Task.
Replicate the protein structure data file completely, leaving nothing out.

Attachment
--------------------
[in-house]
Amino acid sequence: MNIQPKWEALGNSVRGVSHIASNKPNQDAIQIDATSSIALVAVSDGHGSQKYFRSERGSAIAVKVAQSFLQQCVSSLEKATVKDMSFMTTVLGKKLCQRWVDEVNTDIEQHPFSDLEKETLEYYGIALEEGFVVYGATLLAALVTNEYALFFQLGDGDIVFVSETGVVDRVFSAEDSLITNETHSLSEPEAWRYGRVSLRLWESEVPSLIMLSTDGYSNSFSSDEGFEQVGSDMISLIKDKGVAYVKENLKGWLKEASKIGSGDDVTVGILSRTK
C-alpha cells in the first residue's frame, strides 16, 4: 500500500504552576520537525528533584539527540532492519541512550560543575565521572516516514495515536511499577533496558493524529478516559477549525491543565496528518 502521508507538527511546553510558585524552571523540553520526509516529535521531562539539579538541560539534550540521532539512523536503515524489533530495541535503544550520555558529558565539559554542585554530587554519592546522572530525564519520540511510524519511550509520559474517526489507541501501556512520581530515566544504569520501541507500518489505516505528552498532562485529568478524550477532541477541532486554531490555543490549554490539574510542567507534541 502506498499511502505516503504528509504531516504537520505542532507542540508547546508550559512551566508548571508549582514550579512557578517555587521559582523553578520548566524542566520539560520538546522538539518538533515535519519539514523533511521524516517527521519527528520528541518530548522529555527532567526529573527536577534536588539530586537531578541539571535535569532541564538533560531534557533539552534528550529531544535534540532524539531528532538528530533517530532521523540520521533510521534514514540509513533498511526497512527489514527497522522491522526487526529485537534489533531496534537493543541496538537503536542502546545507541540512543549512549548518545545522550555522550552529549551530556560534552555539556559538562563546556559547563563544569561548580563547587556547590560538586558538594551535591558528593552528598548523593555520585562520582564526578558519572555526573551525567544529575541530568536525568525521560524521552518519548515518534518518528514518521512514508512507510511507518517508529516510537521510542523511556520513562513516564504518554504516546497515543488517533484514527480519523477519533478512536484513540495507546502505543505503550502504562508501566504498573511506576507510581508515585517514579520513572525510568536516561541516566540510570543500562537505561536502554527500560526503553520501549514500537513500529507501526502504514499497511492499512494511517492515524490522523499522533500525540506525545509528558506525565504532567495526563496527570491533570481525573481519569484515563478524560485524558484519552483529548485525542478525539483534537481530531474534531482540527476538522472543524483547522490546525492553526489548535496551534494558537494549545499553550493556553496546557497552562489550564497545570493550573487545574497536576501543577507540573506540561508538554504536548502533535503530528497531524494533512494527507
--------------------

[in-house]
Amino acid sequence: MNIQPKWEALGNSVRGVSHIASNKPNQDAIQIDATSSIALVAVSDGHGSQKYFRSERGSAIAVKVAQSFLQQCVSSLEKATVKDMSFMTTVLGKKLCQRWVDEVNTDIEQHPFSDLEKETLEYYGIALEEGFVVYGATLLAALVTNEYALFFQLGDGDIVFVSETGVVDRVFSAEDSLITNETHSLSEPEAWRYGRVSLRLWESEVPSLIMLSTDGYSNSFSSDEGFEQVGSDMISLIKDKGVAYVKENLKGWLKEASKIGSGDDVTVGILSRTK
C-alpha cells in the first residue's frame, strides 16, 4: 500500500504552576520537525528533584539527540532492519541512550560543575565521572516516514495515536511499577533496558493524529478516559477549525491543565496528518 502521508507538527511546553510558585524552571523540553520526509516529535521531562539539579538541560539534550540521532539512523536503515524489533530495541535503544550520555558529558565539559554542585554530587554519592546522572530525564519520540511510524519511550509520559474517526489507541501501556512520581530515566544504569520501541507500518489505516505528552498532562485529568478524550477532541477541532486554531490555543490549554490539574510542567507534541 502506498499511502505516503504528509504531516504537520505542532507542540508547546508550559512551566508548571508549582514550579512557578517555587521559582523553578520548566524542566520539560520538546522538539518538533515535519519539514523533511521524516517527521519527528520528541518530548522529555527532567526529573527536577534536588539530586537531578541539571535535569532541564538533560531534557533539552534528550529531544535534540532524539531528532538528530533517530532521523540520521533510521534514514540509513533498511526497512527489514527497522522491522526487526529485537534489533531496534537493543541496538537503536542502546545507541540512543549512549548518545545522550555522550552529549551530556560534552555539556559538562563546556559547563563544569561548580563547587556547590560538586558538594551535591558528593552528598548523593555520585562520582564526578558519572555526573551525567544529575541530568536525568525521560524521552518519548515518534518518528514518521512514508512507510511507518517508529516510537521510542523511556520513562513516564504518554504516546497515543488517533484514527480519523477519533478512536484513540495507546502505543505503550502504562508501566504498573511506576507510581508515585517514579520513572525510568536516561541516566540510570543500562537505561536502554527500560526503553520501549514500537513500529507501526502504514499497511492499512494511517492515524490522523499522533500525540506525545509528558506525565504532567495526563496527570491533570481525573481519569484515563478524560485524558484519552483529548485525542478525539483534537481530531474534531482540527476538522472543524483547522490546525492553526489548535496551534494558537494549545499553550493556553496546557497552562489550564497545570493550573487545574497536576501543577507540573506540561508538554504536548502533535503530528497531524494533512494527507